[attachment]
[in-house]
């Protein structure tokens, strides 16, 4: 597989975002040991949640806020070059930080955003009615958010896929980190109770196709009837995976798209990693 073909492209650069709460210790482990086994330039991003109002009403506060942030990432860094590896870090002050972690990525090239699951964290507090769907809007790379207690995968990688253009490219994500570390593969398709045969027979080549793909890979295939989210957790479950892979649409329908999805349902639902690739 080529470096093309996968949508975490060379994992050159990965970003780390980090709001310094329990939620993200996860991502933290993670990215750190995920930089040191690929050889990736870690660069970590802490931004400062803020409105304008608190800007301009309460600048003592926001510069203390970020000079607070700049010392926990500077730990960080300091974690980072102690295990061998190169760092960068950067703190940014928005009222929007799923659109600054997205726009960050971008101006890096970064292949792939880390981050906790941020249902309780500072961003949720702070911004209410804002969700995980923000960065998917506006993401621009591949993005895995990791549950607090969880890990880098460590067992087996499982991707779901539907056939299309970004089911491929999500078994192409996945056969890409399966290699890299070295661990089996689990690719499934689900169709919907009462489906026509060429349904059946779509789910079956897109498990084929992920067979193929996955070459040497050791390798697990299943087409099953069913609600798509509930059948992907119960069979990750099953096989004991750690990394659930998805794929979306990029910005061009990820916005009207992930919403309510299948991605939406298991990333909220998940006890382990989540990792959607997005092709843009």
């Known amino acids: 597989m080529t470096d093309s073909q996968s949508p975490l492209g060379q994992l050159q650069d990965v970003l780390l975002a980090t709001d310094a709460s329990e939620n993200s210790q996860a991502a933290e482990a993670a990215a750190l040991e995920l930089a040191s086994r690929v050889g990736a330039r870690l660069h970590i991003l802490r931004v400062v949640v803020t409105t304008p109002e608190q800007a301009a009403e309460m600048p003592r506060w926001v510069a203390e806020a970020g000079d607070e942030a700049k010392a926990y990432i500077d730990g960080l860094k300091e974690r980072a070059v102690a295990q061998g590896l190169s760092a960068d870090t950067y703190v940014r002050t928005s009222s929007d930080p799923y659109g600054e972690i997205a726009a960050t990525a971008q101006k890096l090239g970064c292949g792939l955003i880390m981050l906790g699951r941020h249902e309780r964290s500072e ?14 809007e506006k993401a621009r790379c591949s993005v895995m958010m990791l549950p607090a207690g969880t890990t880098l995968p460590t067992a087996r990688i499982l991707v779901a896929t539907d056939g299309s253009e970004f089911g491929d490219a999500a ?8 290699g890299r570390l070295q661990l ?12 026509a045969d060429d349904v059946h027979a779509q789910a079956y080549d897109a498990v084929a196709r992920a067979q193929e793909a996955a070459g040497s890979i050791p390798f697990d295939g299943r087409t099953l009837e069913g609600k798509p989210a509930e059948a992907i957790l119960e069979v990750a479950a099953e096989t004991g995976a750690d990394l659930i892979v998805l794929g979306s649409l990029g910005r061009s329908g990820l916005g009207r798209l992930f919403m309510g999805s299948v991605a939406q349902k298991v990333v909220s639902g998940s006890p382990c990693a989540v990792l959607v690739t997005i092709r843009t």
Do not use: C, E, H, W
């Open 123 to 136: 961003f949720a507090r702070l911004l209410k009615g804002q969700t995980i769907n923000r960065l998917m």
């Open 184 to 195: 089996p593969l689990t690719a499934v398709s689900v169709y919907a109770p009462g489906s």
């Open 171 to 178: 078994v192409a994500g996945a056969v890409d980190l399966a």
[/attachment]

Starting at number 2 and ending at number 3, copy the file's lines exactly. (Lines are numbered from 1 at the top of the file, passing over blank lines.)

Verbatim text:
């Protein structure tokens, strides 16, 4: 597989975002040991949640806020070059930080955003009615958010896929980190109770196709009837995976798209990693 073909492209650069709460210790482990086994330039991003109002009403506060942030990432860094590896870090002050972690990525090239699951964290507090769907809007790379207690995968990688253009490219994500570390593969398709045969027979080549793909890979295939989210957790479950892979649409329908999805349902639902690739 080529470096093309996968949508975490060379994992050159990965970003780390980090709001310094329990939620993200996860991502933290993670990215750190995920930089040191690929050889990736870690660069970590802490931004400062803020409105304008608190800007301009309460600048003592926001510069203390970020000079607070700049010392926990500077730990960080300091974690980072102690295990061998190169760092960068950067703190940014928005009222929007799923659109600054997205726009960050971008101006890096970064292949792939880390981050906790941020249902309780500072961003949720702070911004209410804002969700995980923000960065998917506006993401621009591949993005895995990791549950607090969880890990880098460590067992087996499982991707779901539907056939299309970004089911491929999500078994192409996945056969890409399966290699890299070295661990089996689990690719499934689900169709919907009462489906026509060429349904059946779509789910079956897109498990084929992920067979193929996955070459040497050791390798697990299943087409099953069913609600798509509930059948992907119960069979990750099953096989004991750690990394659930998805794929979306990029910005061009990820916005009207992930919403309510299948991605939406298991990333909220998940006890382990989540990792959607997005092709843009």
């Known amino acids: 597989m080529t470096d093309s073909q996968s949508p975490l492209g060379q994992l050159q650069d990965v970003l780390l975002a980090t709001d310094a709460s329990e939620n993200s210790q996860a991502a933290e482990a993670a990215a750190l040991e995920l930089a040191s086994r690929v050889g990736a330039r870690l660069h970590i991003l802490r931004v400062v949640v803020t409105t304008p109002e608190q800007a301009a009403e309460m600048p003592r506060w926001v510069a203390e806020a970020g000079d607070e942030a700049k010392a926990y990432i500077d730990g960080l860094k300091e974690r980072a070059v102690a295990q061998g590896l190169s760092a960068d870090t950067y703190v940014r002050t928005s009222s929007d930080p799923y659109g600054e972690i997205a726009a960050t990525a971008q101006k890096l090239g970064c292949g792939l955003i880390m981050l906790g699951r941020h249902e309780r964290s500072e ?14 809007e506006k993401a621009r790379c591949s993005v895995m958010m990791l549950p607090a207690g969880t890990t880098l995968p460590t067992a087996r990688i499982l991707v779901a896929t539907d056939g299309s253009e970004f089911g491929d490219a999500a ?8 290699g890299r570390l070295q661990l ?12 026509a045969d060429d349904v059946h027979a779509q789910a079956y080549d897109a498990v084929a196709r992920a067979q193929e793909a996955a070459g040497s890979i050791p390798f697990d295939g299943r087409t099953l009837e069913g609600k798509p989210a509930e059948a992907i957790l119960e069979v990750a479950a099953e096989t004991g995976a750690d990394l659930i892979v998805l794929g979306s649409l990029g910005r061009s329908g990820l916005g009207r798209l992930f919403m309510g999805s299948v991605a939406q349902k298991v990333v909220s639902g998940s006890p382990c990693a989540v990792l959607v690739t997005i092709r843009t």